Starting in the second autumn of their lives, cows generally give birth to a single fawn 8 1/2 months after mating. Calves are precocial, walking right after birth. They are born in late May or early June, and weigh between thirty and forty pounds when born, and 225 to 275 pounds when weaned about six months later. Calves are born with a protecting coloration of light spotted areas on the back which act as camouflage. They grow quickly and lose their spots by summer’s end. Cows often leave their newborn calves vulnerable while they go off to feed, and they fall prey to bobcats, coyotes, and the like.
Elk are generally passive animals and though human attacks are rare, they do happen. Elk are big, wild animals and can be deadly, particularly during rut. Antlers are an indication of strength and dominance among males and are used to lure females in the breeding season. Bulls are only territorial during the mating season and are otherwise not assertive toward other elk. Bulls pack on the weight in summer, then show small interest in feed and lose up to 40% of their body weight during the rut. Bull elk that enter the rut in poor condition are less certain to make it thru to the peak conception period or have the strength to survive the severity of the approaching winter.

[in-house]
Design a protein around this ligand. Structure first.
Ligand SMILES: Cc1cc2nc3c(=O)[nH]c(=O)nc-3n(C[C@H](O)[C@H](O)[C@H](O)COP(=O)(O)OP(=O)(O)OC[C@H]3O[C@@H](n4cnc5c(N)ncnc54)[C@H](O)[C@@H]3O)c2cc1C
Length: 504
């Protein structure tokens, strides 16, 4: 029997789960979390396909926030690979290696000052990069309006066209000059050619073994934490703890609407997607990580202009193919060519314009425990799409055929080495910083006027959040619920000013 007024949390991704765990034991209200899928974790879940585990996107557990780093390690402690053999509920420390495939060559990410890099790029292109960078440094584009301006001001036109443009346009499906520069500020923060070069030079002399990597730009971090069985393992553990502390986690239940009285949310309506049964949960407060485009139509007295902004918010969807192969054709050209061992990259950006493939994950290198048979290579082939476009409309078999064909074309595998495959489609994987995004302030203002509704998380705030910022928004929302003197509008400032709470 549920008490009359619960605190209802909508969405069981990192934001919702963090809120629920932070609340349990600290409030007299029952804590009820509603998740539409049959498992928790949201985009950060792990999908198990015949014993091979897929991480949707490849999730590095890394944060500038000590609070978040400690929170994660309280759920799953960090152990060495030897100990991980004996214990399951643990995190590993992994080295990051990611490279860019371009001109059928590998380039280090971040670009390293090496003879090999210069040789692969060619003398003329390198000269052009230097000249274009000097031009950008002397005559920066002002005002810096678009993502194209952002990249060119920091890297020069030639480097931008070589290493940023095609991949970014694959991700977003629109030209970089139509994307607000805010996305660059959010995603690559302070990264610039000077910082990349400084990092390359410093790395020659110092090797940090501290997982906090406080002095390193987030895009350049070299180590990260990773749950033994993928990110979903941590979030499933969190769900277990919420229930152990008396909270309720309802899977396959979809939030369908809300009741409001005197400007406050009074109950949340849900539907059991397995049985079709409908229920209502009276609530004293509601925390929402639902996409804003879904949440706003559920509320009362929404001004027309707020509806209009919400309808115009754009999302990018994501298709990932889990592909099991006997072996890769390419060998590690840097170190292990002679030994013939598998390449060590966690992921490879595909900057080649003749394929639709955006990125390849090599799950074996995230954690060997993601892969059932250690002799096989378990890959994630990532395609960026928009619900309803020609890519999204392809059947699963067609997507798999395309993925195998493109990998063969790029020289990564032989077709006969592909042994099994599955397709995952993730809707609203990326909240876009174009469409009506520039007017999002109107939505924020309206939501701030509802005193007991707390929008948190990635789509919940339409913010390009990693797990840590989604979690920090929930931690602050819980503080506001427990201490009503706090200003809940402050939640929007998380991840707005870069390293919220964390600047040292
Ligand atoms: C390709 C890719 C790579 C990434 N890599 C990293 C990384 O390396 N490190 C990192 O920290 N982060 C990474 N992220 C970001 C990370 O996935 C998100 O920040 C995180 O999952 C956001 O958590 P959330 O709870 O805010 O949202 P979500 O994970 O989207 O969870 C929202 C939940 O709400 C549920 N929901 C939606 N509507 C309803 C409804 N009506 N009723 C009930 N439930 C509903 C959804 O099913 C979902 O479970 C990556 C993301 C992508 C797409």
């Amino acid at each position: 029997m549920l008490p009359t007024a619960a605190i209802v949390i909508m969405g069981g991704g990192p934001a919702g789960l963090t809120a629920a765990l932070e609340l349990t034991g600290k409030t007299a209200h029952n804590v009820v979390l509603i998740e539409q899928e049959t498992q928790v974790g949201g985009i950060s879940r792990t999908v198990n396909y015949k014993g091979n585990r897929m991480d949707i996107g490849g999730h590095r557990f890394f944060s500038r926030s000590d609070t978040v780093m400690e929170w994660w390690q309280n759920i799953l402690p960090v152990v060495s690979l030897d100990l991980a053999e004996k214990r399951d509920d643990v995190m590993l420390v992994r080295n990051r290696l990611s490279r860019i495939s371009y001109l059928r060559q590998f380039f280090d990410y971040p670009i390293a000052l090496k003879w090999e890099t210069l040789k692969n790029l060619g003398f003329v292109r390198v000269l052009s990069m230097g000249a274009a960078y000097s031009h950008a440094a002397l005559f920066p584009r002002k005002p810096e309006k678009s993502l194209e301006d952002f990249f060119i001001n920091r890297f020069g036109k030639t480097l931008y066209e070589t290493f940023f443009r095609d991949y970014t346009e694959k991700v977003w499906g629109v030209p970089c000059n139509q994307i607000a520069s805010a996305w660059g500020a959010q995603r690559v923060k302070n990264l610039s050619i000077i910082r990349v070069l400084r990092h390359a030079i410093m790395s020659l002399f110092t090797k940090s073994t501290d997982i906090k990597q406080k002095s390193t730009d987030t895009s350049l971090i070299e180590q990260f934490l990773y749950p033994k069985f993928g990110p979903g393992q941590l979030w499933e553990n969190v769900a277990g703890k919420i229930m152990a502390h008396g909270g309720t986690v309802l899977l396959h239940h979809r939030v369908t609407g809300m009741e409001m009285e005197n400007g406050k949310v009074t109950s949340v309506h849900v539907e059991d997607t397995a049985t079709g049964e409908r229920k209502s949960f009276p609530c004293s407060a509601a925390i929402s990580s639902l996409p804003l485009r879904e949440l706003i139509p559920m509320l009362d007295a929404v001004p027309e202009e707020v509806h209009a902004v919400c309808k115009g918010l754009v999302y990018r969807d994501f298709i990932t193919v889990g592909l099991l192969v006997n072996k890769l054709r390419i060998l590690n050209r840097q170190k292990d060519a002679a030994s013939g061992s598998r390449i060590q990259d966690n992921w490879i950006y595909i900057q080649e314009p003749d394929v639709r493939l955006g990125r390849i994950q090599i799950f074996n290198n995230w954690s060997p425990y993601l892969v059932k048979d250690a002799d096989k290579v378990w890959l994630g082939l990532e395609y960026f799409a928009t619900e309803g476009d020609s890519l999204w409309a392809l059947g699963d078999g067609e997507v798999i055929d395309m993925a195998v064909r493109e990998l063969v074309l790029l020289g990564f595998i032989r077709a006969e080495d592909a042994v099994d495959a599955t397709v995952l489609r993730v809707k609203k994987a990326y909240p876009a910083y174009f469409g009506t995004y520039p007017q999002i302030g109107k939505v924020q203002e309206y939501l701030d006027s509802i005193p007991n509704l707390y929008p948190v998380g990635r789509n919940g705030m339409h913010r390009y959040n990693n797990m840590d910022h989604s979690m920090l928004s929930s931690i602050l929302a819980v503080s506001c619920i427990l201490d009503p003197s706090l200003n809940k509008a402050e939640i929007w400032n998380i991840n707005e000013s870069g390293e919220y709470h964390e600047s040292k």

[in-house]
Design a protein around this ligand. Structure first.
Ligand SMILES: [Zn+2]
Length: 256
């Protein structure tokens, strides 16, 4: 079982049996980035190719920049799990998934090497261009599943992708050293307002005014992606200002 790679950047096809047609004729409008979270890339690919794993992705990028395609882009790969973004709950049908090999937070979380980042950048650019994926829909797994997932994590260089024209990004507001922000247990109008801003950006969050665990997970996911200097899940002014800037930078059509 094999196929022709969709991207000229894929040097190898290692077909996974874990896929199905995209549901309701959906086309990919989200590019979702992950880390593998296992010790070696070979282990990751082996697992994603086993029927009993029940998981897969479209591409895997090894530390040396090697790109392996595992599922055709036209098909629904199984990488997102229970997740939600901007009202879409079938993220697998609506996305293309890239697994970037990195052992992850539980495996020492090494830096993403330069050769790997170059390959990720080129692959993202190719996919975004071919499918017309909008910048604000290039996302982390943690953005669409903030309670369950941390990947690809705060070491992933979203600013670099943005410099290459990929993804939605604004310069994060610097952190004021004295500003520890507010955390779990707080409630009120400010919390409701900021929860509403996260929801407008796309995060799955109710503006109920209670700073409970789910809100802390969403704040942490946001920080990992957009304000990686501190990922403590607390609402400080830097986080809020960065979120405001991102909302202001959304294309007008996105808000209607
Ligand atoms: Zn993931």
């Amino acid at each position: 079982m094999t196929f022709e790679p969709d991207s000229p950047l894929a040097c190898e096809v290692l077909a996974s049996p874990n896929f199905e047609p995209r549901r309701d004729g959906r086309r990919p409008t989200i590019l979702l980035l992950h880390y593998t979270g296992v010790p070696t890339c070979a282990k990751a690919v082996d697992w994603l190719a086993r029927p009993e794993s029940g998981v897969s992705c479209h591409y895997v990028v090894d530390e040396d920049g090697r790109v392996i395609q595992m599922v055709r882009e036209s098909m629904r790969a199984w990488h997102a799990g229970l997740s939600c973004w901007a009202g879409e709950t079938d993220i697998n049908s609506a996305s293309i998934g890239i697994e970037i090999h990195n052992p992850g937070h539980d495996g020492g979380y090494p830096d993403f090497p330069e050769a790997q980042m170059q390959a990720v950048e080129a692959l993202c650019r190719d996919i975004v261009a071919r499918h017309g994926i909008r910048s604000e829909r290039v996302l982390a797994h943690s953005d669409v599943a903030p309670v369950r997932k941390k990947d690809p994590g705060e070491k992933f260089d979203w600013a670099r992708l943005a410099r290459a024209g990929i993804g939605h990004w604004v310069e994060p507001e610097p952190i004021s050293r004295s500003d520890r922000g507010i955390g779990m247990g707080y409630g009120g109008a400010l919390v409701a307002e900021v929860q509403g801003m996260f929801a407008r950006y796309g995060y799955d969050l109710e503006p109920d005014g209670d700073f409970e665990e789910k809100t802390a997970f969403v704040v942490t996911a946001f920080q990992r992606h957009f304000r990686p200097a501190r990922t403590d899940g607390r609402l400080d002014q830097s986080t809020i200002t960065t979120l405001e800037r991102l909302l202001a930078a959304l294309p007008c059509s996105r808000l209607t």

Bull elk are only capable of breeding from about August to January, and the cows cycle only in that same period. Bulls do not enter actively into the rut till they are about three years old, although they can breed for the 1st time as yearlings, at roughly sixteen months of age. Elk are harem breeders and can mate with as many as 50 cows in a season. There is some evidence that the females select the male. Elk by nature are gregarious at all seasons, but in spring and summer the old bulls often are solitary or in bachelor herds, and typically live apart a lot of the year.